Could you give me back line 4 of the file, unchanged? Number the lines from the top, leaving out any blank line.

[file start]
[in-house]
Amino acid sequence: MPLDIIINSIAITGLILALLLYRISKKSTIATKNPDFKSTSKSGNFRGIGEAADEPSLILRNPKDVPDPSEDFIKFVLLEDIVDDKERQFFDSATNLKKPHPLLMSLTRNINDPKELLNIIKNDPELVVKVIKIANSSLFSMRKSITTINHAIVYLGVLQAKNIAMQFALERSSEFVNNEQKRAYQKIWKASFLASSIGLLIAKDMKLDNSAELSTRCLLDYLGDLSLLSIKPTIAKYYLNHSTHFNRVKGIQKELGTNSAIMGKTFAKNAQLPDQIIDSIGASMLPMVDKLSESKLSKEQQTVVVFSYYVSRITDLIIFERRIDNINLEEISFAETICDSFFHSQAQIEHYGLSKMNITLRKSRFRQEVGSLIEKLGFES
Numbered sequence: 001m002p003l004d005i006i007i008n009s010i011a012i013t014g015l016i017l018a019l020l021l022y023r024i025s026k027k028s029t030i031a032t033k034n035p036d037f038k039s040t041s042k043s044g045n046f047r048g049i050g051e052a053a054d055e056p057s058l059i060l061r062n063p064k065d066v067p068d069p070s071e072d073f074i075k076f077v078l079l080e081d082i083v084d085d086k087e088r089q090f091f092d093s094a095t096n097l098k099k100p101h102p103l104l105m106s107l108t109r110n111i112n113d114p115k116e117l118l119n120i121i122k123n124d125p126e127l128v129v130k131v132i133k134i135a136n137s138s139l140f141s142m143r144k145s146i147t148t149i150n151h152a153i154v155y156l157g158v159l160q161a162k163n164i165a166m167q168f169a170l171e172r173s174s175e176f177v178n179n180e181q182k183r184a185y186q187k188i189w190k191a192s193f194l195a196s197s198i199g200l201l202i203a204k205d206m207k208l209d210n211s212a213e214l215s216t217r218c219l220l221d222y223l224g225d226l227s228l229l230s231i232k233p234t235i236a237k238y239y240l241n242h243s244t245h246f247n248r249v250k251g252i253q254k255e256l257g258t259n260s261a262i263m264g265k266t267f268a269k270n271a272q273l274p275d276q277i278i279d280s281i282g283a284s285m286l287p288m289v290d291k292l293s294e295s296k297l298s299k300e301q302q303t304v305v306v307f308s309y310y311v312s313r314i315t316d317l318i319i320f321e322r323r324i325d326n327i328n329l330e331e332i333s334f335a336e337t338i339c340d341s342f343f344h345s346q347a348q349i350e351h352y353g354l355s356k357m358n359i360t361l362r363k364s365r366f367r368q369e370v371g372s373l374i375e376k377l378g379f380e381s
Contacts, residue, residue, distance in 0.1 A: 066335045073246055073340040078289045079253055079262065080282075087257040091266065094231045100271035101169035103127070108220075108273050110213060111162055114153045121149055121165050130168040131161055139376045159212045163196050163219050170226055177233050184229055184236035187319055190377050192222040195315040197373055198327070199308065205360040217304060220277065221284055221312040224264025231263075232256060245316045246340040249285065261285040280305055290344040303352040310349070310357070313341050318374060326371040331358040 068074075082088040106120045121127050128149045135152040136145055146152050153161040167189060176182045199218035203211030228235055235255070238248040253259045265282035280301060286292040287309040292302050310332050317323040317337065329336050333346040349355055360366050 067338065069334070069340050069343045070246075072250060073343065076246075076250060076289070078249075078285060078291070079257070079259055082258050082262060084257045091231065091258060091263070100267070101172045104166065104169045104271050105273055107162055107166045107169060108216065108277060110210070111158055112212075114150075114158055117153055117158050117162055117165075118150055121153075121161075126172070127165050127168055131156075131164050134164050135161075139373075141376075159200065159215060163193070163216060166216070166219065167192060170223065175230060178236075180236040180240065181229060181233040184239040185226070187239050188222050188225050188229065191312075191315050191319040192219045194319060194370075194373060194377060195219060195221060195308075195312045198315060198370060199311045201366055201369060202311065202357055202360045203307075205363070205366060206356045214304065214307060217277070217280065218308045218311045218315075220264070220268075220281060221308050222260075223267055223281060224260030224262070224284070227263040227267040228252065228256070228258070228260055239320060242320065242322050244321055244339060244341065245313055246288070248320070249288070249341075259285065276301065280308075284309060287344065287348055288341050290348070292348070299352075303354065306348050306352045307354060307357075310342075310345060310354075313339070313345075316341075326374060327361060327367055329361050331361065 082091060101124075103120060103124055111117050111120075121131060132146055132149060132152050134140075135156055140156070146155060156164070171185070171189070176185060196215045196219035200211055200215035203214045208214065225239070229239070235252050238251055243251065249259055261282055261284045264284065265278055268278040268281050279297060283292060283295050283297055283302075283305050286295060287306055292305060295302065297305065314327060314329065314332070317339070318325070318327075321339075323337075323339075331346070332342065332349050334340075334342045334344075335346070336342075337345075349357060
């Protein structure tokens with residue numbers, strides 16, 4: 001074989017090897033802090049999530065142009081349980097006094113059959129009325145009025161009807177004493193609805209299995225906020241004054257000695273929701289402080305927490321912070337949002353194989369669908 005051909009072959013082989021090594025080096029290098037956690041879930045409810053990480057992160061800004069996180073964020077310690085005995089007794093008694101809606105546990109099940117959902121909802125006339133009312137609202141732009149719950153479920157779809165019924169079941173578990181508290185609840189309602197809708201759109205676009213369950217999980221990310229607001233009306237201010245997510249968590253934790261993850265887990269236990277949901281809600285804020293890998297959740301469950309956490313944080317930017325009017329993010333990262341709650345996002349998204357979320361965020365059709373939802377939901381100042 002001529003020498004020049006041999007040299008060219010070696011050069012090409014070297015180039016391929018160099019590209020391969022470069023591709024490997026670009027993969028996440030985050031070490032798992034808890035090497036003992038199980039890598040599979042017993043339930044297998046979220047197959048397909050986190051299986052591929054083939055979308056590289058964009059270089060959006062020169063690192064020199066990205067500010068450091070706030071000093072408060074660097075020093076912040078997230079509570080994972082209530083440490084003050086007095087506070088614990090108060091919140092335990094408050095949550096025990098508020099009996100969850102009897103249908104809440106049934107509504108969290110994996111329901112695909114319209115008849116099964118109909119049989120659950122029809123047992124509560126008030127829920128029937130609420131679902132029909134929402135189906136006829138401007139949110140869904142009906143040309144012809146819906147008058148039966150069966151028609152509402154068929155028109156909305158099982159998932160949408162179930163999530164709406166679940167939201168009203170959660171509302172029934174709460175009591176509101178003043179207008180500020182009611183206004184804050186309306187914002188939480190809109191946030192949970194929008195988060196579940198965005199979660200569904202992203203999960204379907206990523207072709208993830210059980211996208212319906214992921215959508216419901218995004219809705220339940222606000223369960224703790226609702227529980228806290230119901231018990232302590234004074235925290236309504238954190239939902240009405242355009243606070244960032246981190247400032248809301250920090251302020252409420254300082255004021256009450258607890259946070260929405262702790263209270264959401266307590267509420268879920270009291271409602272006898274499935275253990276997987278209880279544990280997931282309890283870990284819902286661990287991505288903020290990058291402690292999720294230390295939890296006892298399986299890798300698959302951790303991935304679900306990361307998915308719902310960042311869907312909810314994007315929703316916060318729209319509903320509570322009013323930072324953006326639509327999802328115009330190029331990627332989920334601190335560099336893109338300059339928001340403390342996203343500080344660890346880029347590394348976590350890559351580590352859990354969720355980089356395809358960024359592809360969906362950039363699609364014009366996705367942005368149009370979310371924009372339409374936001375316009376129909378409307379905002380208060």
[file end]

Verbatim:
Contacts, residue, residue, distance in 0.1 A: 066335045073246055073340040078289045079253055079262065080282075087257040091266065094231045100271035101169035103127070108220075108273050110213060111162055114153045121149055121165050130168040131161055139376045159212045163196050163219050170226055177233050184229055184236035187319055190377050192222040195315040197373055198327070199308065205360040217304060220277065221284055221312040224264025231263075232256060245316045246340040249285065261285040280305055290344040303352040310349070310357070313341050318374060326371040331358040 068074075082088040106120045121127050128149045135152040136145055146152050153161040167189060176182045199218035203211030228235055235255070238248040253259045265282035280301060286292040287309040292302050310332050317323040317337065329336050333346040349355055360366050 067338065069334070069340050069343045070246075072250060073343065076246075076250060076289070078249075078285060078291070079257070079259055082258050082262060084257045091231065091258060091263070100267070101172045104166065104169045104271050105273055107162055107166045107169060108216065108277060110210070111158055112212075114150075114158055117153055117158050117162055117165075118150055121153075121161075126172070127165050127168055131156075131164050134164050135161075139373075141376075159200065159215060163193070163216060166216070166219065167192060170223065175230060178236075180236040180240065181229060181233040184239040185226070187239050188222050188225050188229065191312075191315050191319040192219045194319060194370075194373060194377060195219060195221060195308075195312045198315060198370060199311045201366055201369060202311065202357055202360045203307075205363070205366060206356045214304065214307060217277070217280065218308045218311045218315075220264070220268075220281060221308050222260075223267055223281060224260030224262070224284070227263040227267040228252065228256070228258070228260055239320060242320065242322050244321055244339060244341065245313055246288070248320070249288070249341075259285065276301065280308075284309060287344065287348055288341050290348070292348070299352075303354065306348050306352045307354060307357075310342075310345060310354075313339070313345075316341075326374060327361060327367055329361050331361065 082091060101124075103120060103124055111117050111120075121131060132146055132149060132152050134140075135156055140156070146155060156164070171185070171189070176185060196215045196219035200211055200215035203214045208214065225239070229239070235252050238251055243251065249259055261282055261284045264284065265278055268278040268281050279297060283292060283295050283297055283302075283305050286295060287306055292305060295302065297305065314327060314329065314332070317339070318325070318327075321339075323337075323339075331346070332342065332349050334340075334342045334344075335346070336342075337345075349357060